On another occasion, I was walking with my wife in downtown Denver one frigid night. We were on our way to an Eric Johnson concert at the Ogden Theatre. As we walked, a couple about a block in front of us stopped short, dropped their bags, and faced each other, yelling. We slowed, not sure what was going to happen or if we would have room to get by. They sparred verbally, and then the man suddenly picked up his shopping bag, turned, and walked briskly up the street, away from us. The woman stood still. She called after him a couple of times, but he didn’t turn around or stop. She started crying. Gathering her things, she began to shuffle up the street in the direction he had gone, still sobbing in the cold air.

I have no idea what they were arguing about, or whether it was right for him to strand her on Colfax Avenue on a winter night. Perhaps he had some justification, or perhaps he was just a jerk. But the scene could translate almost directly into a story or even a movie script. I’ve often thought it would be a good exercise to write that scene from different perspectives: one that paints the man’s actions in a positive light, one that paints his actions in a negative light, and one that explains what’s happened in a way that neither person looks like the villain.

Observation is really all it takes to come up with the spark for a story. The writer doesn’t have to record the events perfectly for an idea to start burning; in fact, it might keep the idea from growing if the writer sticks too closely to the details. Stories that are based in reality may sometimes benefit from tension-inducing details that were not in the inspirational scene.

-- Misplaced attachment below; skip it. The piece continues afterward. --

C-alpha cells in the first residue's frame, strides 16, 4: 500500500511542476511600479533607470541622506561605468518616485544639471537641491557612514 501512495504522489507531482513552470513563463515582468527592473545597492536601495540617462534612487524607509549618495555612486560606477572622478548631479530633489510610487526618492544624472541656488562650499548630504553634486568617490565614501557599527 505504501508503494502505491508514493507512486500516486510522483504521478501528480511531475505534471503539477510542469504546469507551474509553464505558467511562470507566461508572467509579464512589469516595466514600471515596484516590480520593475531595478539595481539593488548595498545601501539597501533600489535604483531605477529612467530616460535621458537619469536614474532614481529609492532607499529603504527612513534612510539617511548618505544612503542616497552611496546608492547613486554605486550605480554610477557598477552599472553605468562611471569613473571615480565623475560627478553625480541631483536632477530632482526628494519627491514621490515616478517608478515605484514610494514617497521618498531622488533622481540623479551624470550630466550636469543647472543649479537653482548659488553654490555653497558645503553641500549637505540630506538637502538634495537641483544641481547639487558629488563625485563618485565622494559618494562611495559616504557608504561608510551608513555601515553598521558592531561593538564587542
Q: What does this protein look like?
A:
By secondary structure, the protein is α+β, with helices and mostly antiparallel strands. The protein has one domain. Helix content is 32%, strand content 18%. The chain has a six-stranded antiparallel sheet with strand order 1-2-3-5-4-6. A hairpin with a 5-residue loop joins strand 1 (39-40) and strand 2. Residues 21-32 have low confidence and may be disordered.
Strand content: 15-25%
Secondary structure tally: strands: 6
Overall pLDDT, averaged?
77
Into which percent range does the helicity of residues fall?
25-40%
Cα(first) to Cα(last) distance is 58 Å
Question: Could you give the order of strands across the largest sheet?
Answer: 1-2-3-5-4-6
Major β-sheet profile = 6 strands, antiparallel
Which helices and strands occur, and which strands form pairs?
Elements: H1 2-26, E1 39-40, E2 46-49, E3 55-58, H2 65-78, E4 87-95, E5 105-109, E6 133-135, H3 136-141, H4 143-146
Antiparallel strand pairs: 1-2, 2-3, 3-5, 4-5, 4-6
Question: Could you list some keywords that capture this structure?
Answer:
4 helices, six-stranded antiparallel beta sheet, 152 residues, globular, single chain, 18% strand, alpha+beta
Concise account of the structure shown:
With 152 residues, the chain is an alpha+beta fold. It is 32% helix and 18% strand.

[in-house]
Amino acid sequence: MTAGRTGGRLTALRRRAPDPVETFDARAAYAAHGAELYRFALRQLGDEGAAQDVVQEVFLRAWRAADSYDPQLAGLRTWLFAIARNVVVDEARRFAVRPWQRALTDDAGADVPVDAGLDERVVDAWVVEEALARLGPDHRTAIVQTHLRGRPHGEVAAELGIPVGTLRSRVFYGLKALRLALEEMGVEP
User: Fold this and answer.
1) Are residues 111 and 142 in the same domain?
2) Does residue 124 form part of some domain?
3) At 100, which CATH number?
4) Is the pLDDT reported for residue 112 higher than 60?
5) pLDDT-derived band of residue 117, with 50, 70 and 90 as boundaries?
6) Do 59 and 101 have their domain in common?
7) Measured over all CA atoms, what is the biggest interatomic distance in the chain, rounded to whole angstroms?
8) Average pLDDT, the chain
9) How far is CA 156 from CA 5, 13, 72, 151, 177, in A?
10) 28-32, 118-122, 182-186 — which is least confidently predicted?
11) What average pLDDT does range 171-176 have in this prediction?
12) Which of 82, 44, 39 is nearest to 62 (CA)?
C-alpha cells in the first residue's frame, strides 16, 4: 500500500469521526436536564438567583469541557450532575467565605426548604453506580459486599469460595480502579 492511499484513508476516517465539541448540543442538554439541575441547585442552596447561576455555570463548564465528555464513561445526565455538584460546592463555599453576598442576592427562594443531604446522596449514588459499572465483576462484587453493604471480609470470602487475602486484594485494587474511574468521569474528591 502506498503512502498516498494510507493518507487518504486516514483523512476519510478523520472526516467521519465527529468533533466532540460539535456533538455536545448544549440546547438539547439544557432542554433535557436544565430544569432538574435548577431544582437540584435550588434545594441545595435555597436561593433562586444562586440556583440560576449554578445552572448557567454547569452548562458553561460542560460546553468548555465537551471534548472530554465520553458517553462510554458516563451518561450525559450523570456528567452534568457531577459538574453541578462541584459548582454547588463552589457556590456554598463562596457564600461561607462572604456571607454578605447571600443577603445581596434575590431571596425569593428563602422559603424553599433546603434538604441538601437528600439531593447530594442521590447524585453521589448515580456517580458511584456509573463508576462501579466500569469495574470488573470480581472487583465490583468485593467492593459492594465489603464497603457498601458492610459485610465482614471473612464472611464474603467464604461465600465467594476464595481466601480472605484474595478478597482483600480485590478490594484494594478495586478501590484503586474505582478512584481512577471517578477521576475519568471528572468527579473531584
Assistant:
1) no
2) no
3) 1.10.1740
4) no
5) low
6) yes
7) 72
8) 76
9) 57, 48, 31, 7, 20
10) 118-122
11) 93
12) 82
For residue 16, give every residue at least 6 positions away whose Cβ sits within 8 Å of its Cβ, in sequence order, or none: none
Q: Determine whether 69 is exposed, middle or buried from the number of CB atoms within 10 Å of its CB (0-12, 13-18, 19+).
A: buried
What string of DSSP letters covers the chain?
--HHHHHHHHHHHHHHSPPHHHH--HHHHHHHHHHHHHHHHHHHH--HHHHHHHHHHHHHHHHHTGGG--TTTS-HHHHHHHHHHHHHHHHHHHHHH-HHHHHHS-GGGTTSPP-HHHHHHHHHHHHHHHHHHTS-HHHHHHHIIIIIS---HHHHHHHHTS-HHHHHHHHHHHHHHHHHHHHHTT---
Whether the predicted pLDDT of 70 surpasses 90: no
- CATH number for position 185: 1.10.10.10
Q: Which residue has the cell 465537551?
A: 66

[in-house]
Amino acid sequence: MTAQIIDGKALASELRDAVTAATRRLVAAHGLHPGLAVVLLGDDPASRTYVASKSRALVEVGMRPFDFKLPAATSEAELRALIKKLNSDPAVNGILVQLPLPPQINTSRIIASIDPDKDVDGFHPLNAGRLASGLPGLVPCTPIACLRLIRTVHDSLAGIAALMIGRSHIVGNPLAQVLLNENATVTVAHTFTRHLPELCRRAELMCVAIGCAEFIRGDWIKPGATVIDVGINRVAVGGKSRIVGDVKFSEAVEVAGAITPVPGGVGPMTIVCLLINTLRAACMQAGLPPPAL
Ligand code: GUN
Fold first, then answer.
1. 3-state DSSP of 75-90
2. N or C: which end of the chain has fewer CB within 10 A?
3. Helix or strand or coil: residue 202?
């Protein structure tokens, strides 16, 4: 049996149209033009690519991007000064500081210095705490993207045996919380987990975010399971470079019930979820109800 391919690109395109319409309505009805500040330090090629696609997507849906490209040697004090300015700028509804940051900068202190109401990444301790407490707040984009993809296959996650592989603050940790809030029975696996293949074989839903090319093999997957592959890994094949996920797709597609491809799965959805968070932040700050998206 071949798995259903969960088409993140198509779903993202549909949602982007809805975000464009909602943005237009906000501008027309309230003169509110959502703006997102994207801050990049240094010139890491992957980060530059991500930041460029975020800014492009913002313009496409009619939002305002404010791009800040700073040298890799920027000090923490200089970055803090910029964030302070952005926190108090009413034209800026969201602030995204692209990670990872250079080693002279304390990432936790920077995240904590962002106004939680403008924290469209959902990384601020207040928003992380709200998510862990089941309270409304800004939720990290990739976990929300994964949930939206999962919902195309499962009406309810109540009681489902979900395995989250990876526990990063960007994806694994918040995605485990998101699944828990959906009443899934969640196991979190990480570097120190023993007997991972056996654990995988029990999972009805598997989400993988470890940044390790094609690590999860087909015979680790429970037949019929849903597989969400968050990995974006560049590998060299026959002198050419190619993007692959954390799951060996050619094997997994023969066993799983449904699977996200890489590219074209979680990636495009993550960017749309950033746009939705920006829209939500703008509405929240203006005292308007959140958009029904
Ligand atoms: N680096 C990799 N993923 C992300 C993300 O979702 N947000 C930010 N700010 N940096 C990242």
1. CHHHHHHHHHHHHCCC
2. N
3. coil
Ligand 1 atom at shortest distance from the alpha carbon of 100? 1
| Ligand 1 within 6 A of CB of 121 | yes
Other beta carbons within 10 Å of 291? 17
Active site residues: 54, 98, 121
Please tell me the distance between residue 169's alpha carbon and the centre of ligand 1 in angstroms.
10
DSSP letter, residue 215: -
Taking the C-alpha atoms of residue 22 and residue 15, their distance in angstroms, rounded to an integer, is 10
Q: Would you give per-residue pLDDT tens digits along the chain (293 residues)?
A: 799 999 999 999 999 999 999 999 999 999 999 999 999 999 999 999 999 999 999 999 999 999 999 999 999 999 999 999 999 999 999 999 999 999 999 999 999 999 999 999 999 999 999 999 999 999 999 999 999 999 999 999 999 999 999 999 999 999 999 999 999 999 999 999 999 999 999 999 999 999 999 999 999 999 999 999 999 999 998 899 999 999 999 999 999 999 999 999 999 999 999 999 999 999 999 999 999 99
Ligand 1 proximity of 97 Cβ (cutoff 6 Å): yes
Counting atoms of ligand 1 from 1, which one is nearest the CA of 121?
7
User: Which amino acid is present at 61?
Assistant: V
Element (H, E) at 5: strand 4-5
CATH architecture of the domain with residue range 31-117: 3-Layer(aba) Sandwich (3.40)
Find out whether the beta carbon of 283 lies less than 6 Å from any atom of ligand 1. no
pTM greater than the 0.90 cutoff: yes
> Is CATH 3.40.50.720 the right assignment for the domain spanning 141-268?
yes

Tonight, I played Morrowind for the first time in weeks. I didn’t get very far; in fact, I stopped playing it in favor of reading Word Work. I should be able to finish the book at lunch tomorrow.

Moving On — For Now

I tried a few configuration and component changes on the server today in an attempt to get it to recognize the new drive. I even manually specified the drive’s configuration in CMOS and reinstalled the operating system with the jumpers in a different position, hoping it would get the clue. Still the same 7.87 Gb limit. I did find one piece of information on the Western Digital website that says, in effect, “If your secondary drive is larger than 8 Gb and Windows 2000 is only recognizing 8 Gb of it, uninstall Windows 2000 Service Pack 1, reformat the drive, and install Service Pack 2.

This is kind of tough to do, since I installed Service Pack 3 from the beginning. I think a new motherboard is the way to go, so I’m going to stop worrying about this project and try to get back to writing.

I have been reading Word Work every chance I get over the last few days. I’m still enjoying the book. The level of personal experience that Rogers brings to the table is refreshing; he writes it as if the reader is his peer, rather than his pupil. It’s remarkably similar to having a conversation with Bruce. He anticipates where the reader’s mind is very well, and addresses many of the questions and concerns that pop up in my head as I’m reading. I should be done with the book in a few days, and I’ll be able to write a review. I’m excited to do so, actually.